Sherif Barrad, Raul Valverde

Energy 27%

Consumer Durables 19%

Technology 27%

Capital Goods 27%

Fig. 2 – Sector Breakdown

The daily stock price data from January 1st 1994 to 2014 (the last twenty years) was then collected via the CHASS Data Centre (University of Toronto) CRSP Database, with the common assumption that the average number of Trading days in one year is 252.


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The risk free rates for the last 10 years were downloaded (Bank of Canada, for T-bills with 1month, 3-month, 6-month, and 1-year maturity. A 10-Year average yield of the different term Treasury Bills was calculated and documented in table 1. 1-Month 0.0178

3-Month 0.0186

6-Month 0.0197

1-Year 0.0197

opposed to a human intervention, webservices rely on computer-to-computer communications via a web network (web service). As described in the figure below, two entirely different environments, operating on different application servers with different hardware and programming codes can still communicate with one another using a “call” method. This notion can be referred to as “interoperability”. In order for this to work, the web service must exist on both application servers. This requirement allows each environment to call methods from each other and share information (e.g. A Java piece of code can call a .NET web service for stock information and vice-versa). This “call” method can be identified as “Get Stock Information”. This would in-turn execute the appropriate command to get the information required (such as market value of equity, risk free rate and other relevant stock information) and to ultimately compute the risk of bankruptcy.

Average 0.0193

Table 1 Treasury Bills Free Rate

2.2 Web Services Web services have been used to support business in the past, [18] proposed a web service architecture to support the integration of payment systems with point of sales terminals over the Internet. The idea of a web service architecture is to be able provide to systems an infrastructure to communicate and exchange date over the internet. Webs services are ideal for environments where data needs to be constantly updated by using the internet [19]. The regular market trades between 9:30am and 4pm EST with the first trade in the morning (opening price) and the final trade just before 4pm (closing price). Within this window, a stock price can change as often as every 15 seconds making the number of changes to a stock price excessively high on a daily basis. As the number of different stocks being followed increases, the occurrence of stock price changes become exponentially greater. The challenge lies in the ability to access “real-time” information effortlessly in order to support the risk model and to deliver the most up to date assessment on bankruptcy risks.

Fig. 3 – Web Service Prototype

The proposed web service would integrate in a Service Oriented Architecture platform making it available to selected users.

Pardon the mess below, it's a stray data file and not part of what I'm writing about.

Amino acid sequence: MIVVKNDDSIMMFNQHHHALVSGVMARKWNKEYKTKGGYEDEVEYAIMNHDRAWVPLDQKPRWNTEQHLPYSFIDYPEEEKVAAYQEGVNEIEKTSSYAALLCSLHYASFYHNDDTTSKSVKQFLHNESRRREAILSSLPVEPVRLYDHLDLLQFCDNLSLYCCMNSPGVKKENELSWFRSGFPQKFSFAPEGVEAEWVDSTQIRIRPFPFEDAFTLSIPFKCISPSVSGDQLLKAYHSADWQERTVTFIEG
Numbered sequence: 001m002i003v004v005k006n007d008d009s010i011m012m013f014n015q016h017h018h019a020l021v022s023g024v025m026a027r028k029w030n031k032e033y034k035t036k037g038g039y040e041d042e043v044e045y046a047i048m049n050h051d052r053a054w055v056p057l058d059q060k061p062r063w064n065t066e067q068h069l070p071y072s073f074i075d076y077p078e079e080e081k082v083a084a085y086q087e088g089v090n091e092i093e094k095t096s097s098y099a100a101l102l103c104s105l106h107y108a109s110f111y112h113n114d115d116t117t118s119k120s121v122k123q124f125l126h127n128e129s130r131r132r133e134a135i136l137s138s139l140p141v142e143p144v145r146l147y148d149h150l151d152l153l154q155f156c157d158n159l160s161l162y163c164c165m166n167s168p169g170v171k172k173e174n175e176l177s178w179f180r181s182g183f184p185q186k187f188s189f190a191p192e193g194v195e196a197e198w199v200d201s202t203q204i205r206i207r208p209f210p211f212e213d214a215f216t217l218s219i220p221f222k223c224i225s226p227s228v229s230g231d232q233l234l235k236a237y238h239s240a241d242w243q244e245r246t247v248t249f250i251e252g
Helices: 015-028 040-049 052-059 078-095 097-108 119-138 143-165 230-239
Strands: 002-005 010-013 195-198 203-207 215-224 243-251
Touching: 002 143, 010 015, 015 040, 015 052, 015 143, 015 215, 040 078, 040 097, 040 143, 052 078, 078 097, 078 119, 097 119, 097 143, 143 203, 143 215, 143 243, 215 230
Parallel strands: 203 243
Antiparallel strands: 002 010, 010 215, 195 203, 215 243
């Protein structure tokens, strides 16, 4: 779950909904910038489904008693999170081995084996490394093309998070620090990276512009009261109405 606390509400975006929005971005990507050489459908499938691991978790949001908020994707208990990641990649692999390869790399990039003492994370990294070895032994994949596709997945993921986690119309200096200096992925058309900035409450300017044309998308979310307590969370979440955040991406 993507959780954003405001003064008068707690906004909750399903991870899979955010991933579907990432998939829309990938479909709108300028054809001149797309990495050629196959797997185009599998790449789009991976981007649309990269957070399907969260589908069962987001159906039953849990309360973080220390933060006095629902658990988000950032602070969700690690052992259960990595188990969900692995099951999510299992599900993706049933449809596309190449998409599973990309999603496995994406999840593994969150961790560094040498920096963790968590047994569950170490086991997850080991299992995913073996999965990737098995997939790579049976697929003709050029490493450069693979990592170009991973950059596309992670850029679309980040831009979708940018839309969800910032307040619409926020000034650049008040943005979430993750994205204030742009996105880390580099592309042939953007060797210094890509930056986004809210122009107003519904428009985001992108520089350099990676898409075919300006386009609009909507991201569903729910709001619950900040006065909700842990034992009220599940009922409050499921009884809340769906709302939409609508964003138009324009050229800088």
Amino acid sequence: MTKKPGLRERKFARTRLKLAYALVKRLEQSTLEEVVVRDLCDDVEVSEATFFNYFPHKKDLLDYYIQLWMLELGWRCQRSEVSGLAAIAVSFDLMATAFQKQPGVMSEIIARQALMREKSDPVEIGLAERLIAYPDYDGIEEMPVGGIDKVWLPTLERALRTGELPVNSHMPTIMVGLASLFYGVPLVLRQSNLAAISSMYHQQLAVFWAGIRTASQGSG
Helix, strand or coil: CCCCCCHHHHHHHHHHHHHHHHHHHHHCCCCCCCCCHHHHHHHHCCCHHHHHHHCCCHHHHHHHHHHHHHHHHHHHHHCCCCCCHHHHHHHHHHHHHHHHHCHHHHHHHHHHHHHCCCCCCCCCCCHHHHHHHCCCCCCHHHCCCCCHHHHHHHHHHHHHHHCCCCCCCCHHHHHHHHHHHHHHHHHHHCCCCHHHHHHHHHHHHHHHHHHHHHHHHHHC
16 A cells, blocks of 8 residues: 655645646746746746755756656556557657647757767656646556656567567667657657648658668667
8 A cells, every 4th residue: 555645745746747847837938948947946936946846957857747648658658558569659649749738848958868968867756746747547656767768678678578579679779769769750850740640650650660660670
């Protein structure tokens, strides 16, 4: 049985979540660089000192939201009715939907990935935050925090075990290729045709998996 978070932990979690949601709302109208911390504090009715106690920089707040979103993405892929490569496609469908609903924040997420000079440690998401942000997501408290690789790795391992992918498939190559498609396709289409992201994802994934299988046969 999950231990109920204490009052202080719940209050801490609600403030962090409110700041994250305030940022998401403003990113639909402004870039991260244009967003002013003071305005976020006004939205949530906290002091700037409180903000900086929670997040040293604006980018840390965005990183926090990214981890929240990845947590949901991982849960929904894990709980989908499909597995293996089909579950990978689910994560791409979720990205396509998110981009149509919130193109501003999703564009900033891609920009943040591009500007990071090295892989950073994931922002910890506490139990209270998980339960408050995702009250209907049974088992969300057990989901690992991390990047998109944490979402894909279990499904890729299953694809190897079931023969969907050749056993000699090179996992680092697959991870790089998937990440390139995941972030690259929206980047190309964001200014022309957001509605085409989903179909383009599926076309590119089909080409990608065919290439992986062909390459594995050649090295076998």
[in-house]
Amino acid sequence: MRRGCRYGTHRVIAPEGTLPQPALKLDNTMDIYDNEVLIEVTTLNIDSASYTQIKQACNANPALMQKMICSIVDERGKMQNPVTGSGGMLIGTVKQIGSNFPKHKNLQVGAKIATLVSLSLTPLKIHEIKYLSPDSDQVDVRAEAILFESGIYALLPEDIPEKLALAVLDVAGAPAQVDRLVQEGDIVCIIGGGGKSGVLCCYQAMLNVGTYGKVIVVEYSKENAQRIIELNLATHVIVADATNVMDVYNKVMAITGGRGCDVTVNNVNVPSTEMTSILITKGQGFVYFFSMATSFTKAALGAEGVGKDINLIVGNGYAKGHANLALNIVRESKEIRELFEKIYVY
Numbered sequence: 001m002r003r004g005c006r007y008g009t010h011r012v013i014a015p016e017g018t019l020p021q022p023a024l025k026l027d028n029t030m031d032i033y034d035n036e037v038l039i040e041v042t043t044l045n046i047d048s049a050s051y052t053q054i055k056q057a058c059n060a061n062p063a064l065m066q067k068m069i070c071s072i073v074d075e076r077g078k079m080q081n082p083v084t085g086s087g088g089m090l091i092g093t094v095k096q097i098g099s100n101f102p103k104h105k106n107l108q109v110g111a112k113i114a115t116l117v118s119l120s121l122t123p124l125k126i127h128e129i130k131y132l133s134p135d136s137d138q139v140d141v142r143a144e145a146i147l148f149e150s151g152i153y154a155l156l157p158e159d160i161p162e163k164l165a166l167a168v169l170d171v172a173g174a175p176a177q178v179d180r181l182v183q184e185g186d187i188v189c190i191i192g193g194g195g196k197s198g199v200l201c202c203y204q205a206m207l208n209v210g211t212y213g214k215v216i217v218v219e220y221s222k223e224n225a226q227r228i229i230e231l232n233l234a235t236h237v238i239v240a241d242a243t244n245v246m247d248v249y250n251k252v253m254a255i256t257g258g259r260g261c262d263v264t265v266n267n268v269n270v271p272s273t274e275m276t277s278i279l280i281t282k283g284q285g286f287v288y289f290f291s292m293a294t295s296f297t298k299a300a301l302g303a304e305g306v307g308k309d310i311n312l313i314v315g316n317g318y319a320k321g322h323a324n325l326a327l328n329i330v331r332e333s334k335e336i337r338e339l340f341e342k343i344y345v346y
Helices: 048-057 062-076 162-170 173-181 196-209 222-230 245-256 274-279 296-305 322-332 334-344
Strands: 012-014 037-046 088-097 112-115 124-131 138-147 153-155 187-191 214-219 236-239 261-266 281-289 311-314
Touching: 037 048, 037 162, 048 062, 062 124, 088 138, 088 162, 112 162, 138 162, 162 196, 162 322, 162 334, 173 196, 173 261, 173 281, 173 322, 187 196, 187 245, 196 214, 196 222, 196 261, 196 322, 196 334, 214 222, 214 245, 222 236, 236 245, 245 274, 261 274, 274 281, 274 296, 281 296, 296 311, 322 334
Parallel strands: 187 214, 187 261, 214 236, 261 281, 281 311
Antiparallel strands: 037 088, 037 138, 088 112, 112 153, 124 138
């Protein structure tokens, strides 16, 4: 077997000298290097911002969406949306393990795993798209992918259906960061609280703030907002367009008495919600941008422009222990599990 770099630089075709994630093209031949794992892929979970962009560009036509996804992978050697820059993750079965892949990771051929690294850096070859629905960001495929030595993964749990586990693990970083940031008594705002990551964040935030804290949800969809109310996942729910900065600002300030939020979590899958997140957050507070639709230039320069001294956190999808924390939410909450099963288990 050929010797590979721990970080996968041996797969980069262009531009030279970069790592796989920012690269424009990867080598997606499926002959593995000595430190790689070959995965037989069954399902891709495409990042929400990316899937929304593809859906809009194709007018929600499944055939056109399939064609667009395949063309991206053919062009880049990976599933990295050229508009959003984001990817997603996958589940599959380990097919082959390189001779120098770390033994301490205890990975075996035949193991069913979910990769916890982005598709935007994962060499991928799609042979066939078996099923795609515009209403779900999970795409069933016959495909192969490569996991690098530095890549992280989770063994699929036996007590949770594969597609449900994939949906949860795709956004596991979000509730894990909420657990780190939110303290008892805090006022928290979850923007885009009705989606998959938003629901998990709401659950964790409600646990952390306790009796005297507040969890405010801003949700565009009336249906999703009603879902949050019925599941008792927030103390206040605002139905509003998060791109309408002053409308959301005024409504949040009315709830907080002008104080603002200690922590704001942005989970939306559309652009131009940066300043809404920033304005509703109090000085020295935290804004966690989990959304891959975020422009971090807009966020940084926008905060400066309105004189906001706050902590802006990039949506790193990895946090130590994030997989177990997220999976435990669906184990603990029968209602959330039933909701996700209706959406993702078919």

2.3 Service Oriented Architecture

A web service is an efficient and an alternative data collection technique utilized to gather stock information periodically, effortlessly and to the user’s required frequency (potentially in real-time). As E-ISSN: 2224-3402

Sherif Barrad, Raul Valverde

The proposed platform suggests that add-ins can be developed and integrated into web services and that web services can then be 189

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proposed as “Add-ons” to existing ERP systems such as SAP. Once the prototype fully developed, data can be refreshed in almost real-time (15 sec refresh). Once the web service integrated into the ERP, it can now collaborate with other ERP modules (i.e. SRM, SCM, CRM) to manage supplier. The advantage of this platform consists of the fact that a web service, as opposed to a program, can be integrated into the services layer and offered as one service to many users thus, lowering IT costs.

Sherif Barrad, Raul Valverde

E0 is the current market value of equity; V0 is the current market value of assets; D is the face value of debt maturing at time T; r is the continuously-compounded risk-free rate and σ V is the standard deviation of asset returns. Equation (3) [21] together with the option pricing relationship described in equation 2 enables V0 and sV to be determined from E0 and σ E . Equation 3

σ E E0 =

Under the BSM model, the probability of bankruptcy is simply the probability that the market value of assets , V0 is less than the face value of the liabilities, D , at time T (i.e V0(T) < D ). The BSM model assumes that the natural log of future asset values is normally distributed. The probability of bankruptcy is a function of the distance between the current value of the firm’s assets and the face value of its liabilities, adjusted for the expected growth in asset values relative to asset volatility.